- Concept generation and sketching to explore representations for digital, automated system
- Paper prototype of the agreed upon best idea informally tested with participants
- Flash prototype with improvements from past test with formal usability test
The chosen design idea with two variations: one more normal graph with nodes and edges and a second more relaxed version.
This was an alternative idea where connections were made like puzzle connections. Puzzle pieces would morph to fit parts of the ecology already mapped.
These are all the components of the paper prototype.
Solution: We created a digital, Flash-based prototype based on a metaphor of pinning things to a corkboard. There were plans for a system for displaying the collected data, but it was not completed.
Outcomes: The data recording portion of the prototype was completed. It never was deployed, but it is ready for that purpose.
Dates of Project: Jan 2008-Mar 2012
UX Methods Used: Affinity Diagramming, Sketching, Paper Prototyping, Flash Prototyping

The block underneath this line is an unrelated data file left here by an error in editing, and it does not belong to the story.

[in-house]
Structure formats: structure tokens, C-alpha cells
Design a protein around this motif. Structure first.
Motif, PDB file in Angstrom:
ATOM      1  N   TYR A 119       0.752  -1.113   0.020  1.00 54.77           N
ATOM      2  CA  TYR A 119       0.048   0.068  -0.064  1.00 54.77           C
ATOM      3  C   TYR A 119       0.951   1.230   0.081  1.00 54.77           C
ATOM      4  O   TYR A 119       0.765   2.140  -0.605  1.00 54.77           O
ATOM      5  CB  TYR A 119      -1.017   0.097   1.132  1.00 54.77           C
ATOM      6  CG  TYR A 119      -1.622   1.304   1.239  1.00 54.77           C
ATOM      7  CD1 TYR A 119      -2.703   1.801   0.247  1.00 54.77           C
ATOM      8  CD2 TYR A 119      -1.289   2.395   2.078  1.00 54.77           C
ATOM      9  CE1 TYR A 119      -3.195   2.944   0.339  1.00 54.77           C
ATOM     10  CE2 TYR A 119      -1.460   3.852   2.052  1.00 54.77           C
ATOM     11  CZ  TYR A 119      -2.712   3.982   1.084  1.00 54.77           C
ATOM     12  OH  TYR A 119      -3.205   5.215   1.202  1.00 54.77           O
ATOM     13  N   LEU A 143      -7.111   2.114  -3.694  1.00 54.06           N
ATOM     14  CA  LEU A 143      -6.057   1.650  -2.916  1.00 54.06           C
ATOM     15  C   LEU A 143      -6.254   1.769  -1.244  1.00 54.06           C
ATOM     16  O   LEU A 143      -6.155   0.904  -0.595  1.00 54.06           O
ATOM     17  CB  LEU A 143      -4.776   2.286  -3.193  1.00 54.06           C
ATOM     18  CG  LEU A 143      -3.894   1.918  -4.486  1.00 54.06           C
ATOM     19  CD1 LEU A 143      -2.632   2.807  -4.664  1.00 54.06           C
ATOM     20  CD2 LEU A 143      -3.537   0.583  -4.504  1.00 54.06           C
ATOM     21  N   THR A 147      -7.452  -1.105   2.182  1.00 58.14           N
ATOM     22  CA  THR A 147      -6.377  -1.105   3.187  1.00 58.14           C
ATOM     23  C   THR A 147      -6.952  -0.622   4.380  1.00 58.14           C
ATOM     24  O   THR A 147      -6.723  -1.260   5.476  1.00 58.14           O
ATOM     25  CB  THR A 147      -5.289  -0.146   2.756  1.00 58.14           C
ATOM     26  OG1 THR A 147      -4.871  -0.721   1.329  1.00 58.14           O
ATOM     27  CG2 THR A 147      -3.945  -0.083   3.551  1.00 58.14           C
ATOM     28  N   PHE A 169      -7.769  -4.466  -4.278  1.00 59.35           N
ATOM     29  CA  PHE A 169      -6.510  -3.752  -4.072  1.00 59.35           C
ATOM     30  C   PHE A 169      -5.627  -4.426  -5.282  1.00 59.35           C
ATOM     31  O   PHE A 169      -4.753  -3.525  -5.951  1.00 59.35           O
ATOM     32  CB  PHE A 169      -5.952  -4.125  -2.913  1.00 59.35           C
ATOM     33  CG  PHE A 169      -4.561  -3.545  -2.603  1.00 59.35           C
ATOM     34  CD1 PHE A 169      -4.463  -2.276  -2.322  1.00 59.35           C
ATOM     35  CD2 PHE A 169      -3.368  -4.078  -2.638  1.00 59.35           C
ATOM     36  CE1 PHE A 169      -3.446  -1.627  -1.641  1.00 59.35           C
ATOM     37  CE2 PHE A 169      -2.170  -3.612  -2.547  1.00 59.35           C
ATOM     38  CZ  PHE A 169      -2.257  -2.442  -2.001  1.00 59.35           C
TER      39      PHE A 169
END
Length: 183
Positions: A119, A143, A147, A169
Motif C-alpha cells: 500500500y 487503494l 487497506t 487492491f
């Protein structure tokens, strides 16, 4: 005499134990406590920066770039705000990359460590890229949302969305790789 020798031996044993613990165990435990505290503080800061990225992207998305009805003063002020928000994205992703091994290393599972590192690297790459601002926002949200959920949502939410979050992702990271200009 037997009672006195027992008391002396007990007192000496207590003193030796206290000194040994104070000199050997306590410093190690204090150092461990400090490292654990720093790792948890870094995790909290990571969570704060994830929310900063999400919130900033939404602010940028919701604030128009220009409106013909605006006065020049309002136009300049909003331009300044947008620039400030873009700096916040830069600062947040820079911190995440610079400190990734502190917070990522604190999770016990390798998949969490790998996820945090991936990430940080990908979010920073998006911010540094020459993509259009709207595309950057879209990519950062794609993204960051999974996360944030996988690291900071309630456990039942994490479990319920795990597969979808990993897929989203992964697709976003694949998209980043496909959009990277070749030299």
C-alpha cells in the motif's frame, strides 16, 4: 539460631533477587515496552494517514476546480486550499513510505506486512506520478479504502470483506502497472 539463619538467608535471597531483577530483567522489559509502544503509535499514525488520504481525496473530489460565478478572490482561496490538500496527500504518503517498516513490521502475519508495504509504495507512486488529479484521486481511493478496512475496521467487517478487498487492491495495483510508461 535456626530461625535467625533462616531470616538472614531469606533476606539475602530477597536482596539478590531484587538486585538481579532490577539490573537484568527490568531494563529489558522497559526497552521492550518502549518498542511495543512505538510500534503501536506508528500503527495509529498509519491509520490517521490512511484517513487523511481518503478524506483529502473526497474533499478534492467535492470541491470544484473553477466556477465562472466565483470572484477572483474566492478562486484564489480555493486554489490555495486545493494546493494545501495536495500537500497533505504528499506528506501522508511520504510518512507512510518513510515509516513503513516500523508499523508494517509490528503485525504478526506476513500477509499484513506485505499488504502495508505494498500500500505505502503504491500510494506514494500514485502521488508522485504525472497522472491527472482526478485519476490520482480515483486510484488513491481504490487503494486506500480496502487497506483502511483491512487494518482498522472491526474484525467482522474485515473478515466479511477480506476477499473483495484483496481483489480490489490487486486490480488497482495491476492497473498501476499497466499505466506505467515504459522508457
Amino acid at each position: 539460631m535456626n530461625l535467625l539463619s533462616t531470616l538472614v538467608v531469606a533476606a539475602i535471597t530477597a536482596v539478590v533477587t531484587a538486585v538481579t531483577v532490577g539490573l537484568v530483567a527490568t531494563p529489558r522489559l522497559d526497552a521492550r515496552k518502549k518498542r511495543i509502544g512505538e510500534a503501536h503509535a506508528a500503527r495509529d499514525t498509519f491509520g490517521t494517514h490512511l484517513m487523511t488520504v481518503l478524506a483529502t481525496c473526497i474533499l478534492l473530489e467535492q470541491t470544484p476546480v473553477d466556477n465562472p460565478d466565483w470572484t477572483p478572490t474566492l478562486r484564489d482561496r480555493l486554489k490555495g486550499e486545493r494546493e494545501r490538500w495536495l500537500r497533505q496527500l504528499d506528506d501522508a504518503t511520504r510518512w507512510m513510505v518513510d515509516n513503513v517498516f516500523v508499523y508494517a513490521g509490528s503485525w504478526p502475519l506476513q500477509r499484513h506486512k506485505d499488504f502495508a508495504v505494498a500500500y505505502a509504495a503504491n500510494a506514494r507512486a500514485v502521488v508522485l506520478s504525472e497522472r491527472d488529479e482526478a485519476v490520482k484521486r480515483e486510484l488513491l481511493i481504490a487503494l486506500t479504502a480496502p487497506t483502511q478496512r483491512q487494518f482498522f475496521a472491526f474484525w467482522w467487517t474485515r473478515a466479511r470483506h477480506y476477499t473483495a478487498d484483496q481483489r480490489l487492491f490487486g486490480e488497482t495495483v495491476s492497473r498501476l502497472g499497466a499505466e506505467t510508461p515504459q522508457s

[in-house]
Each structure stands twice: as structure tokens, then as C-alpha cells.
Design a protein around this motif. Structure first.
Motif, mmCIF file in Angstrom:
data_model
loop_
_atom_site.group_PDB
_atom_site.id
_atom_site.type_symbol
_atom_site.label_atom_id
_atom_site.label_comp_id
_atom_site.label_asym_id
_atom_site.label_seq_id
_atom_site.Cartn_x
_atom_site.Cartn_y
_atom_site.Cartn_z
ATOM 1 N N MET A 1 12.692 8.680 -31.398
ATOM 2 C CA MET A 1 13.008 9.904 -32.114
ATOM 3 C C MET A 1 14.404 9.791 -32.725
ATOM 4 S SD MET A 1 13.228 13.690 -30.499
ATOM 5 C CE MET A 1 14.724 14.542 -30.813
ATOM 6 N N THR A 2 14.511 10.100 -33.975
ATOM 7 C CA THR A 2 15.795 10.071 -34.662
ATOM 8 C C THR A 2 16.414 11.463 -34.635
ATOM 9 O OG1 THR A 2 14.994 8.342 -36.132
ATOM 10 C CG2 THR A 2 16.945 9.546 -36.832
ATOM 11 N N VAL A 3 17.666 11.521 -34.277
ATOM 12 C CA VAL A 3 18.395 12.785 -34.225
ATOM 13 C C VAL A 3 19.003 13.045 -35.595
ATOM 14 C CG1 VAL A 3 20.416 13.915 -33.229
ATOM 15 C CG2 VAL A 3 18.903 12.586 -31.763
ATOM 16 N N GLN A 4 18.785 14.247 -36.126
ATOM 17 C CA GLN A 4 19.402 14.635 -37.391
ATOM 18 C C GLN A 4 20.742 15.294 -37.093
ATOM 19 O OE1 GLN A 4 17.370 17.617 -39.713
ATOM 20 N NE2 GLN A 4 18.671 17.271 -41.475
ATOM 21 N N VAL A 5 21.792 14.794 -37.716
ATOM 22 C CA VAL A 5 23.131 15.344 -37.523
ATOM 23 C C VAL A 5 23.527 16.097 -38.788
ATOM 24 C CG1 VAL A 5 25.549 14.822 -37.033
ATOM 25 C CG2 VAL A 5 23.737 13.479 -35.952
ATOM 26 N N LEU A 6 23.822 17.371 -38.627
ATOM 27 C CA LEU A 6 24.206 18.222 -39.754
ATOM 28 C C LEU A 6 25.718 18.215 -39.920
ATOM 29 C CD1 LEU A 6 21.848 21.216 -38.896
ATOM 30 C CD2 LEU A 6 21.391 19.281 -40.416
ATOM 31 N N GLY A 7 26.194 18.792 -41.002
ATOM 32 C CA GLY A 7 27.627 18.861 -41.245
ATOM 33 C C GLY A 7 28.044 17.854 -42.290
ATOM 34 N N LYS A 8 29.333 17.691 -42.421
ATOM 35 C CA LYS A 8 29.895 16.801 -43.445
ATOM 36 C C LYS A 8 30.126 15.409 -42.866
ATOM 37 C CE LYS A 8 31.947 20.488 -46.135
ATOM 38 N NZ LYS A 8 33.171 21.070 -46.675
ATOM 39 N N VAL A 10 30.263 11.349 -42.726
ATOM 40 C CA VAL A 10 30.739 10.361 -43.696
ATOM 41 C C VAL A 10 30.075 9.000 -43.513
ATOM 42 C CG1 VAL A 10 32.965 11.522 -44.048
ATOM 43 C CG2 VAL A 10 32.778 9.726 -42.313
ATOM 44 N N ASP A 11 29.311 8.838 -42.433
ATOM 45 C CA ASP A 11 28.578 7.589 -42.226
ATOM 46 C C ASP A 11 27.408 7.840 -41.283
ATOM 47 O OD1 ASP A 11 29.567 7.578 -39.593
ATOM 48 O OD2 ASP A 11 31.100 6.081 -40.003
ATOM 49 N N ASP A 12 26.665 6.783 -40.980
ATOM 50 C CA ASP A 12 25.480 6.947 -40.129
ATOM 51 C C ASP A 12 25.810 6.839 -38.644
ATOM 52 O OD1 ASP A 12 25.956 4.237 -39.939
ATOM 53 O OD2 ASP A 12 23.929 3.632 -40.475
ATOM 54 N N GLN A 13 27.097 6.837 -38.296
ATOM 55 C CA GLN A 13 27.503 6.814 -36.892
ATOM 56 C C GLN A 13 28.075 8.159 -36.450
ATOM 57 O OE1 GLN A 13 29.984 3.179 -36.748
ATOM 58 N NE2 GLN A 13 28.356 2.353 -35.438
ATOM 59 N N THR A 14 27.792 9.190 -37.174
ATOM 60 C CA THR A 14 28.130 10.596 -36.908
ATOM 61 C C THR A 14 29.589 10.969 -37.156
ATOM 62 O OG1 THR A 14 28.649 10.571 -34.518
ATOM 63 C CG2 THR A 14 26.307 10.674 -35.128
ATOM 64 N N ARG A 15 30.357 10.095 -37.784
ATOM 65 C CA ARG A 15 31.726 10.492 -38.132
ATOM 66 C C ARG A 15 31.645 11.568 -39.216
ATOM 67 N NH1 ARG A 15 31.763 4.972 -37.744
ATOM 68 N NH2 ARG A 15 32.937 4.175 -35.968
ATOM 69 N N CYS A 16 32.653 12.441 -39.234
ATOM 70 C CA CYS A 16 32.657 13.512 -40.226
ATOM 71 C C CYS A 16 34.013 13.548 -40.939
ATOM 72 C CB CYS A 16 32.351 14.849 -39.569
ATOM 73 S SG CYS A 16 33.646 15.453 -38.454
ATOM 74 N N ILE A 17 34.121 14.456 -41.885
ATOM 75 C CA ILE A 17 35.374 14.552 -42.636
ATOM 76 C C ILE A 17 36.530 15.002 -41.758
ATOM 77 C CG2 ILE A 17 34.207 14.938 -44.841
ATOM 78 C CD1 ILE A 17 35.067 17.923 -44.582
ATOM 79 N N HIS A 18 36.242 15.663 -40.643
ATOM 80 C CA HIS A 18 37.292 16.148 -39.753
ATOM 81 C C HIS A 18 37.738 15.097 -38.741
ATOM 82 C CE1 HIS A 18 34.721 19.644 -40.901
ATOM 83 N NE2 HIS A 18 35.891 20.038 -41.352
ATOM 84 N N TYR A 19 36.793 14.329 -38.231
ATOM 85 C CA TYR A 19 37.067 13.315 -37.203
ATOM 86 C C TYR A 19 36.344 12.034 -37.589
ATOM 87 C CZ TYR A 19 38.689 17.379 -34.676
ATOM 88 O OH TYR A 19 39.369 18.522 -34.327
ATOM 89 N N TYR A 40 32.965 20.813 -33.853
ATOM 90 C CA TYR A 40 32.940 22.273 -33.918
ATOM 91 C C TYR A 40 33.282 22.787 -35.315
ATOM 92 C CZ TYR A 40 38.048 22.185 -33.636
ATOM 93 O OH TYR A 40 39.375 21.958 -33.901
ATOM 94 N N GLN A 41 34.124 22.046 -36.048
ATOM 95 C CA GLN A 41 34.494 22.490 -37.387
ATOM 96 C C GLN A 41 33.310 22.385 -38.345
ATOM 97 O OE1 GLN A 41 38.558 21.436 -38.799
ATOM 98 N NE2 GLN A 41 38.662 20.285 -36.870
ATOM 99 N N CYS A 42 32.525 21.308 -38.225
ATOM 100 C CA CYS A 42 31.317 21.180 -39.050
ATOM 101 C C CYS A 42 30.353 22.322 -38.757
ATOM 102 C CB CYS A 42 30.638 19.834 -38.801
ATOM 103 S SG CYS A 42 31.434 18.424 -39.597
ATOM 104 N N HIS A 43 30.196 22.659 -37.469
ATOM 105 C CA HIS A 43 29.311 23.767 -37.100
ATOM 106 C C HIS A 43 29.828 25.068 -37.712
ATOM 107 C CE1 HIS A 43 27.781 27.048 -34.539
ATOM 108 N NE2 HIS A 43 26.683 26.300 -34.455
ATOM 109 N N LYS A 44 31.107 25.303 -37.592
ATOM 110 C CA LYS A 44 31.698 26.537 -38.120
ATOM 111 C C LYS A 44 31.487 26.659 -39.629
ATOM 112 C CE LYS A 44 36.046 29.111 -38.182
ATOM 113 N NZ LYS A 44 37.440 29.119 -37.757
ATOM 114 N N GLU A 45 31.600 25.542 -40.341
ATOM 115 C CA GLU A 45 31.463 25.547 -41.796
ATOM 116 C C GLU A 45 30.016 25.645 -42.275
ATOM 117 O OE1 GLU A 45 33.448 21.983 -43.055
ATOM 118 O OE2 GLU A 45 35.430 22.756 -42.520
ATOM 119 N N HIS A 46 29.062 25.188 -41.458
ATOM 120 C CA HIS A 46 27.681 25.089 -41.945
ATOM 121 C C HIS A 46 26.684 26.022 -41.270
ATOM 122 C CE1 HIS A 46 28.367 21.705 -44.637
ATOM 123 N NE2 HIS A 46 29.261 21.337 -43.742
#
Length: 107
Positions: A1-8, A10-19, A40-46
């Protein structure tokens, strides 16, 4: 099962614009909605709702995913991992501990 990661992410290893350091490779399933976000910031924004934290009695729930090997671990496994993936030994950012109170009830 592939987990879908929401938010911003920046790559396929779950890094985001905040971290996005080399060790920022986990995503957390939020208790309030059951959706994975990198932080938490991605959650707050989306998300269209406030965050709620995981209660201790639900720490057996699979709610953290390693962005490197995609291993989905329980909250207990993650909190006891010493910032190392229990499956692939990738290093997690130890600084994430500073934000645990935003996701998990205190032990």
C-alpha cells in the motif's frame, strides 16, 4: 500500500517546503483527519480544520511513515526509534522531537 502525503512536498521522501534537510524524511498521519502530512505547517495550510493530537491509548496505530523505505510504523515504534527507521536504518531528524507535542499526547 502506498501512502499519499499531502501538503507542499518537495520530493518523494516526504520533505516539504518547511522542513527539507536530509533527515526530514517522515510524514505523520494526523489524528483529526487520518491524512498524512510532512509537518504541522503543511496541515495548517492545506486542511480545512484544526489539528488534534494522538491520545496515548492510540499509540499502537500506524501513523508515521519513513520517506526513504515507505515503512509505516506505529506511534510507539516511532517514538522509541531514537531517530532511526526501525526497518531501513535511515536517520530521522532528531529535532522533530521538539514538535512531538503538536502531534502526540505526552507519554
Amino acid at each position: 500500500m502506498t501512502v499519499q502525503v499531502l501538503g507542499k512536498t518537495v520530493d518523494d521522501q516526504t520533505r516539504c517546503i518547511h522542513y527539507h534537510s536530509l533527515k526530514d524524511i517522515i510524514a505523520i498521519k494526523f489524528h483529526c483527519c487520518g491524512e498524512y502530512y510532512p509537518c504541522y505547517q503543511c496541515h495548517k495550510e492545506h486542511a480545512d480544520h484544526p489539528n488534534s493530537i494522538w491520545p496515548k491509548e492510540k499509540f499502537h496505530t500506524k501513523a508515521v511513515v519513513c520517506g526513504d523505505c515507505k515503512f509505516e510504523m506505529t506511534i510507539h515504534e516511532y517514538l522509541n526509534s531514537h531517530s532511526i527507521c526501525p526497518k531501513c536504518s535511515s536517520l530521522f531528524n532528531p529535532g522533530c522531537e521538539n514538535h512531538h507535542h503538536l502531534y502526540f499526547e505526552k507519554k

My Roles: Research, Writing, Artistry, Programming, Design
- Indiana University (Bloomington, IN)
- Ph.D. project (primary designer)
Problem: We wanted to learn about people’s emotion of Internet videos/animation. We wanted an application that could allow users to select a video from a selection of videos and record their emotional experience in 4 different ways.
- I sketched some initial ideas
- I created a wireframe/storyboard to show the flow of the application
- Download a wide range of videos from YouTube from various categories
- Created a digital prototype to collect data based on the storyboard
These are two steps in a multi-step exercise blending task flows with wireframes. The top image demonstrates the evolution in terms of the overall flow and change in overall screens.
The tool worked as follows:
- Users logged in (they could finish at another time).
- Users recorded their initial emotional state.
- They selected and watched a video, recording their emotional state after, rating, and creating a photomontage based on their emotional state.
- After 6 videos, users filled out a survey.
This is a screenshot of the application. You can try it yourself below using the username “test” and password “test.”
Click here to see the working wireframe. (Be aware all videos play Numa Numa video. Please allow 1-2 minutes for the application to load.)
Outcomes: The prototype was completed, and I helped used the tool for initial data collection.
Dates: Dec 2006-Jul 2007
UX Design Methods: Sketching, Storyboarding and wireframing, Task flows, Prototyping, Visual design
My Roles: Design, Writing, Programming, Artistry